First of all, I'm not knowledgeable of philosophy by any means (engineering student). However, I was wondering if from a philosophical point of view we could reason about what might happen to a brain that has never received sensory data. Obviously, it would have no conception of language. Could it still have thoughts? Would the thoughts be simply primal urges, or would even those cease to exist without some sort of input? Would a functionalist theory say that since there are no sensory inputs, there could be no outputs if we later hooked up the brain to a machine that could somehow express outputs without altering the brain's state of not receiving inputs? Please let me know what you guys think from a philosophical standpoint. This question has been on my mind for a while, so to speak. Thanks!
You may like Lakoff and Johnson's Metaphors We Live By, which argues that language is deeply dependent on metaphors, like "argument is war". The most basic metaphors are founded in experience. No experience, and your building blocks for how to speak and think are much less determined. I would also suggest Philosophy in the Flesh by the same authors. In particular, they describe embodied cognition (or 'the embodied mind'), which claims that how we think hugely depends on what we can do with our bodies and senses.
Another way to think of this issue is to consider the difference between logically possible neuron configurations, and meaningful neuron configurations. I suspect that the ratio of meaningful : meaningless is extremely small, perhaps smaller than the ratio of solutions : possible answers for NP-complete problems. Ockham's razor is one way to think of this: we tend to only be able to learn a tiny bit at a time about some complex system. We work by successive approximation, with constant checking of our ideas with reality. But what if there is no [accessible] reality?
We seem to need sense-experience and motor-control to constrain our conceptions of reality to meaningful ones. We seem to need these constraints to sufficiently narrow down possible thoughts to thoughts sufficiently likely to be meaningful ones. This very problem will be explored in depth as we try to construct strong AI.
To be conscious means to be conscious of something. If the brain received no inputs of any kind what would it be conscious of? The brain would not have any content of consciousness.
From a functional standpoint we could say that the brain would have no function. A function, such as f(x), must have an x to operate on. The brain you describe would have no inputs to operate on, so a researcher would have no method of even sensing of the brain was responding to any inputs.
The brain would be blocked off from any interaction with the real world. There is no reason to believe that such a lump of matter would ever develop any complex functions. And if it had, there wouldn't be any way to detect them. If the brain, for instance, started outputting a signal through some particular neurons, and that signal turned out to be the number Pi, we would immediately begin asking how the brain had received the information.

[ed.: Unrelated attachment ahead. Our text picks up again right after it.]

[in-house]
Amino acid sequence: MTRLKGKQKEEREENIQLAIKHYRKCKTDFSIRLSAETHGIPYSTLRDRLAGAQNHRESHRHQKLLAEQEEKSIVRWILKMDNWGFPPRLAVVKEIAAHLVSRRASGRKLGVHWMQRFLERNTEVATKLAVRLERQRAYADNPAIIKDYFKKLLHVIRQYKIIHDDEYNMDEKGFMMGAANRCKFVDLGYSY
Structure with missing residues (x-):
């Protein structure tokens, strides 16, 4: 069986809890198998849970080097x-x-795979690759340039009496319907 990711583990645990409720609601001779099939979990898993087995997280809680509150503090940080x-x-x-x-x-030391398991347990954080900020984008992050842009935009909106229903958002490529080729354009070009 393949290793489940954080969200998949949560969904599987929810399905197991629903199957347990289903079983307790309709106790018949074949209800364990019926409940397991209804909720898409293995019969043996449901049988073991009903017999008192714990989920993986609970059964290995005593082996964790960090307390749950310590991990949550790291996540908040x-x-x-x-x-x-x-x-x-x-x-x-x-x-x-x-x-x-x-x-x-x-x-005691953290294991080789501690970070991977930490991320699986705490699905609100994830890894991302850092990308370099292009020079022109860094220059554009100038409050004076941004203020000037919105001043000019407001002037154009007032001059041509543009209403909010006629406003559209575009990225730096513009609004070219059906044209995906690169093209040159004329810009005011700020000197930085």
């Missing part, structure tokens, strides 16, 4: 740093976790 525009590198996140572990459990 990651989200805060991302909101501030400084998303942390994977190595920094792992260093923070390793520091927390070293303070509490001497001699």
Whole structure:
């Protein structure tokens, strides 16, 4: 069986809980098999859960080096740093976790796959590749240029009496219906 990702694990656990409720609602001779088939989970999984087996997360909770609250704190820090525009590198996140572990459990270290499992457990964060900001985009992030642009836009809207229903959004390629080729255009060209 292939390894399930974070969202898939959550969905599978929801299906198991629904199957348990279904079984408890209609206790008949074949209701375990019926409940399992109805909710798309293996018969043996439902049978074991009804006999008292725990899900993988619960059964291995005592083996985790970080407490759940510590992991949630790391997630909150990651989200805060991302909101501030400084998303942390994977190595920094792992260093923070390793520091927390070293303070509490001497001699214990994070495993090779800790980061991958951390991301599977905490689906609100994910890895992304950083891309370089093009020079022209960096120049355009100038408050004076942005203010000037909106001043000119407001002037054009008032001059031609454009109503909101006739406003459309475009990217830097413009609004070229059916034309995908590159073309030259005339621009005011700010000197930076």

Primal urges are urges to satisfy sensory input conditions. So a brain without inputs could have no such desires because it would have never had such an experience.
You would never be able to ask it such questions, and it would never know you asked such questions, and would not be able to answer.
In computer programming there is a phrase which applies to this question. The phrase is "garbage in, garbage out" or GIGO. But in this case it would be NINO, "nothing in, nothing out".
The information content of the brain would be indistinguishable from background noise.
One approach would say yes.
Consider a brain that has some noise factor to it. If there is any structure to the brain (which is true for most brains), that structure will color the noise. If one divides the brain into two sections, an inner part and an outer part, we can re-frame the brain-in-a-vat. If we treat the inner part as the "brain" and the outer part as a "vat," we now have sensory input and the ability for output, and the brain may seek to make sense of this outer vat. We have now returns to the traditional brain-in-a-vat puzzle, with sensory input.
Of course, this came with the assumption that the brain had structure in a form which facilitates drawing such a boundary.
The notion of a 'brain-in-vat' is a vivid way of describing using imagery from science fiction a traditional problem of philosophy: that is, is all that that there is are minds. In traditional philosophical terms this position is a form of idealism.
From the empirical view, we see brains do need 'sensory input'.